- 90% of women identified with cervical pre-cancer and cancer have received appropriate treatment and care
- We support the principles of equity in striving for the elimination of cervical cancer in the Pacific so that no woman or community is left behind.
- We support the principle of meaningful collaboration between Pacific Island nations in planning, procurement and knowledge sharing.
We are committed to the following actions:
- Raising awareness of cervical cancer in the Pacific and its impact on families and communities and strengthening advocacy for elimination.
- Exploring funding options including public-private partnerships for ongoing HPV vaccination in the Pacific.
- Urging Pacific Island governments to include HPV vaccination against HPV onto existing immunization schedules.
- Urging Pacific Island governments to transition to the delivery of effective cervical cancer screening with HPV testing and pre-cancer treatment services.Consideration should be given to self-collection of vaginal samples in order to facilitate scale up and acceptability.
- Urging cooperation between Pacific Island Governments to establish a treatment centre for cervical cancer, including radiotherapy, to act as a referral hub within the Pacific.
- Assisting Pacific Island governments and training agencies to develop an essential workforce for the delivery of HPV vaccination, cervical cancer screening and the management of cervical cancer.
- Assisting in establishing an adequate registry to record information about vaccination, screening and treatment for the prevention of cervical cancer; and with potential linkage to a cancer registry. This will facilitate follow-up of the young with incomplete vaccination and women through the screening pathway. It will also enable robust monitoring and evaluation of vaccination and screening program performance.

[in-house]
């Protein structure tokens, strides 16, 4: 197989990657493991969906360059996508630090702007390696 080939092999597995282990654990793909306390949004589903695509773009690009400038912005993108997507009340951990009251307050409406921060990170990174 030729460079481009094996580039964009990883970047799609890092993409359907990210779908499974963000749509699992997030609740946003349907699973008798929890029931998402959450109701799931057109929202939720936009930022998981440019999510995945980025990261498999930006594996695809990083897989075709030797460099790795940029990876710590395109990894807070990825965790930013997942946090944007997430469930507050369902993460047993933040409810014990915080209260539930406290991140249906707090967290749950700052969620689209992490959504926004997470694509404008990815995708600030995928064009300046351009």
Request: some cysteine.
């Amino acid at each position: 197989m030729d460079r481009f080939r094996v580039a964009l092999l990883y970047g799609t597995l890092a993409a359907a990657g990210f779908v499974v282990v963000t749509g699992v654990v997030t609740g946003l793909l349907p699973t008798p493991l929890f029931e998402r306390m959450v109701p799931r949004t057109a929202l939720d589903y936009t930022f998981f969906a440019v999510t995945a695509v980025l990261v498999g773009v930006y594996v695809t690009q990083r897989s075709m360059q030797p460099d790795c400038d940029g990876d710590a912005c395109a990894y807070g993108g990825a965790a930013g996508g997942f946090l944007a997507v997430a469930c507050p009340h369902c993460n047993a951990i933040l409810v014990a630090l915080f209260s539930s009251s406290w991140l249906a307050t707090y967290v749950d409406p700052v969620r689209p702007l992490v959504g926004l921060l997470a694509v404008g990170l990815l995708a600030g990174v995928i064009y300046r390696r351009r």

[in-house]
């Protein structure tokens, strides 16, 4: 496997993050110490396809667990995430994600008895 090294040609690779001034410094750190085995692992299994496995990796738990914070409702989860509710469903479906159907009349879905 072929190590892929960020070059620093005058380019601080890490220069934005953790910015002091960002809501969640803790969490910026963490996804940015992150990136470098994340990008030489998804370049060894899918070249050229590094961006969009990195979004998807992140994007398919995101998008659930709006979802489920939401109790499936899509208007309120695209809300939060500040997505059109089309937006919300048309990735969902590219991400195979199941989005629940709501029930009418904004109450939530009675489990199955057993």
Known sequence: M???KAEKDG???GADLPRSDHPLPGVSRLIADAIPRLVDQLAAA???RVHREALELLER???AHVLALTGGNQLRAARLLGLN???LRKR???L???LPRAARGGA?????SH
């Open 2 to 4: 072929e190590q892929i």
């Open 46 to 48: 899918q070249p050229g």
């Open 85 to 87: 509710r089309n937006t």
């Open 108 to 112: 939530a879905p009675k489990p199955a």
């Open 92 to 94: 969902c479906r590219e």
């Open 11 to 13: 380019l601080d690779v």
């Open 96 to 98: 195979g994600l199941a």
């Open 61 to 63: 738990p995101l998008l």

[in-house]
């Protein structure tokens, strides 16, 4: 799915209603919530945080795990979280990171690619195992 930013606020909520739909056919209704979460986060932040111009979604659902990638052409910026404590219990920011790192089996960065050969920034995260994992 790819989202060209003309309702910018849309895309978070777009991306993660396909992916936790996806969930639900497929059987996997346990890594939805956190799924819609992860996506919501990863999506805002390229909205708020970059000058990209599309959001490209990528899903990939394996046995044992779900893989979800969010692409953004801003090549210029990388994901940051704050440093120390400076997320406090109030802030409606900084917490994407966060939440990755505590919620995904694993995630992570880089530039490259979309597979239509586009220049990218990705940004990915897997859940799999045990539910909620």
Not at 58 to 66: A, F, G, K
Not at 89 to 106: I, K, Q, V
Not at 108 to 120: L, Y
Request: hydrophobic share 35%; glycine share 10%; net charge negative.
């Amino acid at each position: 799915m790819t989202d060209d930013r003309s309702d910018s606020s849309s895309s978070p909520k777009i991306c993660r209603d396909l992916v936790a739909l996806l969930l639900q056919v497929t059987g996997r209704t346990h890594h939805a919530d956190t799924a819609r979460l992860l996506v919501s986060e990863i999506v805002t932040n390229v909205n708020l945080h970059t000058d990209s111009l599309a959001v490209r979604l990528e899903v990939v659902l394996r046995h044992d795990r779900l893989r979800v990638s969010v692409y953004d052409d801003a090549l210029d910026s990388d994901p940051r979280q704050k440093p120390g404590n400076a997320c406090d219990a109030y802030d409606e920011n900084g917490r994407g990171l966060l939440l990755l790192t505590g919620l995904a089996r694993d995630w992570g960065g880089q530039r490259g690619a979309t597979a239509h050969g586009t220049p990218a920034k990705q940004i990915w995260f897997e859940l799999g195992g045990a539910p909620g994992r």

For more information, please email/call any of the following:
Professor Alec Ekeroma, HOD, Department of Obstetrics and Gynaecology, University of Otago, Wellington, New Zealand. E: firstname.lastname@example.org
Professor Marion Saville, Executive Director, VCS Foundation, Melbourne, Australia. E: email@example.com
Professor Andrew Vallely, Papua New Guinea Institute of Medical Research, Goroka; and The Kirby Institute, UNSW Sydney, Australia. E: firstname.lastname@example.org
Dr Steven Badman, Public Health Interventions Research Group, The Kirby Institute, UNSW Sydney, Australia. E: email@example.com
Clinical Associate Professor Deborah Bateson, Medical Director Family Planning NSW, Australia. E: firstname.lastname@example.org
Professor Diana Sarfati, Head of Department, Public Health, University of Otago, Wellington, New Zealand. E: email@example.com
 These two tests should be 10 years apart. Clinically validated PCR based tests should be used.
Papillomavirus Research Special Edition
This special collection consists of a series of reviews summarizing some of the key insights presented and discussed at the 32nd International Papillomavirus Conference (IPVC) and Asia-Oceania Research Organization in Genital Infection and Neoplasia (AOGIN) 2018, which was held in October 2018, in Sydney Australia. The conference was held at a pivotal moment for the International Papillomavirus Society, AOGIN and for HPV research: it came hard on the heels of the announcement by the Director-General of the World Health Organization (WHO) that cervical cancer elimination was within reach and that WHO would focus on the development of a draft strategic plan for elimination.
You can find the special edition here.